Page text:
The Belgian Air Force has decided to ground its fleet of F-16 fighter aircraft following an incident in February when an F-16 experienced engine issues immediately after take off.
Following the February 11 breakdown at Florennes air base, the service carried out an investigation that showed that other engines are likely to present the same problem.
This is why all the F-16 engines must be checked and the fleet immobilized while awaiting results, the Belgian defense ministry said. It added that the decision was taken with advice from the engine and aircraft manufacturers.
In the context of an air incident, the Defense Aviation Safety Directorate is conducting an in-flight safety investigation. During takeoff, the F-16 experienced a nozzle burn. This is a phenomenon in which a break in material causes, due to the high temperature, a number of parts to melt, and potentially become loose.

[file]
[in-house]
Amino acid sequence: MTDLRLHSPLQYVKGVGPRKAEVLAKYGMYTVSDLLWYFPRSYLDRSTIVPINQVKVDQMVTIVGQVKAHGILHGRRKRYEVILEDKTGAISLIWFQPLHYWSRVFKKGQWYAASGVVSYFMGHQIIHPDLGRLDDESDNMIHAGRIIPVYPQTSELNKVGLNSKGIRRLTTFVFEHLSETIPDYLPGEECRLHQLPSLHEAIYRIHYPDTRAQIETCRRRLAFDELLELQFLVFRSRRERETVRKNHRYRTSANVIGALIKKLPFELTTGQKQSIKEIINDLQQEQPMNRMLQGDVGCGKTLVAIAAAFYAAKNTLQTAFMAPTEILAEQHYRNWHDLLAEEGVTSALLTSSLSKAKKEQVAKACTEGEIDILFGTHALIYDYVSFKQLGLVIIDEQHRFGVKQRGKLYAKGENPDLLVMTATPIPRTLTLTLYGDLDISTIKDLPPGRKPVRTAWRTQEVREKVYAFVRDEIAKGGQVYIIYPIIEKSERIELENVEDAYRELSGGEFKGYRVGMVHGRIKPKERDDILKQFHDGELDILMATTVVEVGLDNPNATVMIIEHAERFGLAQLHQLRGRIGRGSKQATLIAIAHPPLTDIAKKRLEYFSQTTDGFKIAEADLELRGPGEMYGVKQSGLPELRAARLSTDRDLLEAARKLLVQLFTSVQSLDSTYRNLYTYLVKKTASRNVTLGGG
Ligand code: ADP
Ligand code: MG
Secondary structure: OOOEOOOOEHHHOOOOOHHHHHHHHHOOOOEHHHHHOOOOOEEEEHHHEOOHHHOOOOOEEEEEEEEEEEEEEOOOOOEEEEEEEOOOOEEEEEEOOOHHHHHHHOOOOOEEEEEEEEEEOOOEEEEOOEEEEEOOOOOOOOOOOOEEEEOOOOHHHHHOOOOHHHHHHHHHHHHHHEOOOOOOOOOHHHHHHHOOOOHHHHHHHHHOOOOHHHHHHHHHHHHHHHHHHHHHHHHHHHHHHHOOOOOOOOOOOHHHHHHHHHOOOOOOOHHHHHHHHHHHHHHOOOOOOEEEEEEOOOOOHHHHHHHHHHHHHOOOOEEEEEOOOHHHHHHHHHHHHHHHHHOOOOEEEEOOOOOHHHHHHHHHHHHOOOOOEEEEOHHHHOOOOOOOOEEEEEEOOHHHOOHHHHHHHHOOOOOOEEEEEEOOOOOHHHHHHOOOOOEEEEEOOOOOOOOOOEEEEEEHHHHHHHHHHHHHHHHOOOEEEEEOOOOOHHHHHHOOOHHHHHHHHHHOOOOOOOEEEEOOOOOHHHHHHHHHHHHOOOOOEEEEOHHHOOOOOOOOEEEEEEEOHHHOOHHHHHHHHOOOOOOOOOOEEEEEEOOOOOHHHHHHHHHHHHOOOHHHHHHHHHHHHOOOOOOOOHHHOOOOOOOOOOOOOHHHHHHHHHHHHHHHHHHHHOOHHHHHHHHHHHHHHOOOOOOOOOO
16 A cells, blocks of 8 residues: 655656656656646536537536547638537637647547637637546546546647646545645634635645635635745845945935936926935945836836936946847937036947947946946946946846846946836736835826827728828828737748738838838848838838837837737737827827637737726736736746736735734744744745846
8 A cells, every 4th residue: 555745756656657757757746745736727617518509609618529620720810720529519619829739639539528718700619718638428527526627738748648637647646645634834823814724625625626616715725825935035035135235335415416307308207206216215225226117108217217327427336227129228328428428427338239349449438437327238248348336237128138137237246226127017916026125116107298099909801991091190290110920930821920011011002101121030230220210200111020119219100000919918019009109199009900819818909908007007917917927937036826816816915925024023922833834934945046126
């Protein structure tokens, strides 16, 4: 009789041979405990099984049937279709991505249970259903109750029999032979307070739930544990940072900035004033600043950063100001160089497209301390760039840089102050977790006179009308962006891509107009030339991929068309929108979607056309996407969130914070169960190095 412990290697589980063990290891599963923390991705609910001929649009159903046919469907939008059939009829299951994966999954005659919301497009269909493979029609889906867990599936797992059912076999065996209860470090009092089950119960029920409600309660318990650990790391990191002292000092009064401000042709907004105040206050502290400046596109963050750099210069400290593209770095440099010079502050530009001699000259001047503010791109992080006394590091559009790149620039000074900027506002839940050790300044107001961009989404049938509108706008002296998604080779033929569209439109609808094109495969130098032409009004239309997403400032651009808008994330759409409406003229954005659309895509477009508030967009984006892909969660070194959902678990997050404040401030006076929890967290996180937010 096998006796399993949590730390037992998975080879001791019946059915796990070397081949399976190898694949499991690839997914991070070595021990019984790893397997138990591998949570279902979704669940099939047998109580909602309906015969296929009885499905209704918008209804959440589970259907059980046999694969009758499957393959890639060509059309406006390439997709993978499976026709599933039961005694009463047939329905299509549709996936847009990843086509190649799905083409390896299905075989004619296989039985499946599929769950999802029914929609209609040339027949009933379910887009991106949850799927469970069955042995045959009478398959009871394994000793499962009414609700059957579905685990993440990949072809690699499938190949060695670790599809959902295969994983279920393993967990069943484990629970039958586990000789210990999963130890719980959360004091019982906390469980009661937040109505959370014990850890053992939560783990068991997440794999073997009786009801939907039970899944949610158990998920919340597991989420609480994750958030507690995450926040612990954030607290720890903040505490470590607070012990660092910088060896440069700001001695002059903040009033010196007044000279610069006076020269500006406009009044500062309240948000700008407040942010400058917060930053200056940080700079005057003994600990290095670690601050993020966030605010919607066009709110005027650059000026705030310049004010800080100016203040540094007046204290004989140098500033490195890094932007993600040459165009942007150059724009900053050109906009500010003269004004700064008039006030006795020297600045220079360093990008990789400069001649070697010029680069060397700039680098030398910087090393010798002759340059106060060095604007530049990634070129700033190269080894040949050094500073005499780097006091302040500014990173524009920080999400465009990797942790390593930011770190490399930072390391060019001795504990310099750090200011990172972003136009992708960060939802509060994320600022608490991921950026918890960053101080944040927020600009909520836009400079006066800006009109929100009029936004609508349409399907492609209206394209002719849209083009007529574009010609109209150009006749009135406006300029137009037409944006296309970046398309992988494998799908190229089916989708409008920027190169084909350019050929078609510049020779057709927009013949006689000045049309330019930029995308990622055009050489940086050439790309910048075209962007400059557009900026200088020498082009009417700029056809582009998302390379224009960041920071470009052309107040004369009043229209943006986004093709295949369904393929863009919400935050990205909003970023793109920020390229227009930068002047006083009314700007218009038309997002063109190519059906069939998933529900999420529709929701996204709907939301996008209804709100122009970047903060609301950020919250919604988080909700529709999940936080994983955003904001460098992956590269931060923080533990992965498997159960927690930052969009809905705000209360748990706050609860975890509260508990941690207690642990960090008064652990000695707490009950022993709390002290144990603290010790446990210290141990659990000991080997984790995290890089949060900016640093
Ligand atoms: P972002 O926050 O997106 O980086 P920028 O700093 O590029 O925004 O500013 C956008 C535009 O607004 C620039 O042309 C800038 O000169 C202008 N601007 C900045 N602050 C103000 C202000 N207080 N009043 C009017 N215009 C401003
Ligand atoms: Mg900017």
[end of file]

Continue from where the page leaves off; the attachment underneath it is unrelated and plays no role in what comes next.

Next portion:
During an investigation of the engine, investigators noticed a problem with the hinge pin. A thorough check of the entire fleet showed that a significant number of engines exhibit similar phenomena.
In parallel with the investigation, all the partners of the participating European air forces and the manufacturers were informed.
Engine manufacturer Pratt & Whitney, aircraft manufacturer Lockheed Martin and the US Air Force have indicated, based on this information, that corrective action should be taken immediately on the affected engines.
The defense ministry said the repair time was estimated at five working days per engine, but it noted that there was currently a shortage of spare parts on the market.
Investigations are currently underway to determine whether other countries operating the F-16 will have to ground their fighters due to the same problem. In addition to Belgium, other European operators of the F-16 include the Netherlands, Denmark, and Norway.